Use the File > Export function in Medium to send the models out as described. In ZBrush, the OBJ import is in the Tool panel and the FBX import can be found in the ZPlugin panel. The models come in as separate SubTools as they are laid out in Medium.
05. Lay out the scene in sections
Break the scene down into sections. Start with the ship, then the body, and then onto the tentacles and finally the waves. As we have a rough model to work with it is easy to remake or edit the individual section and then replace that SubTool with the new one (if you didn’t do the VR section, just use the 2D reference as a guide). Switch to a black colour in ZBrush and see what the layout looks like with a flat material. Next, build the ship from scratch.
06. Start on the ship
The ship is best built using the ZModeler brush (BZM on the keyboard). This is a great low-polygon modelling tool and it makes it easy to create hard-edged models with some speed. You can start with any shape and use MakePolymesh3D in the Tool panel. Then look for Initialize and hit QCube. Hit X to use symmetry. With B, Z, M keystrokes you are using the ZModeler brush.
The core tool we will use is the QMesh feature to pull out new shapes polygon by polygon. You can use the Alt key to make temporary selections.
07. Use ZModeler to create the core model
It is worth spending the time to learn all the ZModeler tools (head to Pixologic's ZClassroom for free tutorials). Add detail using the three modes (Faces, Edges and Points) based on what you are hovering over when you press the spacebar. The main actions you will use are QMesh, insert line (edges) and Split (points). These three actions will get you most of the detail you need for the core of the model. Keep adding detail to the body.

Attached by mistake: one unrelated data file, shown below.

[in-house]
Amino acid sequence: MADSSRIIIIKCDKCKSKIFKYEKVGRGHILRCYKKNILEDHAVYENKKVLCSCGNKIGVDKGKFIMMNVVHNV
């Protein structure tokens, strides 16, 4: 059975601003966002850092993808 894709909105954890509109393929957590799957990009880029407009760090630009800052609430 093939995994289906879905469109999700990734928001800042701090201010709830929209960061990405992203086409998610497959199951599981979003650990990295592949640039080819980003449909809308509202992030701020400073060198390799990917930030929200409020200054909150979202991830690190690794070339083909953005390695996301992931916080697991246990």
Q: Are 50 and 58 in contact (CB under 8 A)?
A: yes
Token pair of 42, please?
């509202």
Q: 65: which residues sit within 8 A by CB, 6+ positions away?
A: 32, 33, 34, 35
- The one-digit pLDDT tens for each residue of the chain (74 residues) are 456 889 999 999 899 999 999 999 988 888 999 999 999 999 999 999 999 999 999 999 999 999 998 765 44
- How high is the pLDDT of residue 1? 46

08. Block out the body
The idea with this kind of modelling is to add visual interest and make an interesting shape rather than creating a perfect model. With the type of render we are going to use we need to add lots of surface detail (aka greeble). Work on the panelling, windows, vents, fins, towers etc, anything that will give some detail when we render it without getting too complex.
With QMesh you can pull out slanted surfaces in steps. There are lots of different settings to play with in ZModeler if you want to spend time on this sort of detail.
09. Block out the wings
Start another QCube as a new model in the Tool panel: Tool > Initialise > QCube. Append that into the Ship ZTool as a new SubTool. Using the same ZModeler tools, shape the wing as per the reference or your VR layout model. Look at the model from all angles and get a really strong outline worked out.
Put some vertical fins in using the QMesh action and then add detail to those uprights. You can have as many additional SubTools as you like to make this ship; we are going to be keeping it very low polygon to give us nice, crisp, comic-style shapes.
10. Create the engines and jets
To make the jets and more cylindrical parts use a Cylinder3D from the Tool panel. In the Initialize panel set the HDivide to 64, which will give you a detailed cylinder. Use MakePolymesh3D to make that editable. Turn on symmetry with settings of Radial (Little R), 64, on Y. Now you can go to ZModeler (B, Z, M) and edit the cylinders like a lathe with all the same tools as before. This method will be used whenever we need pipes, jets, tubes etc. Make a few engines and append them into the main ZTool.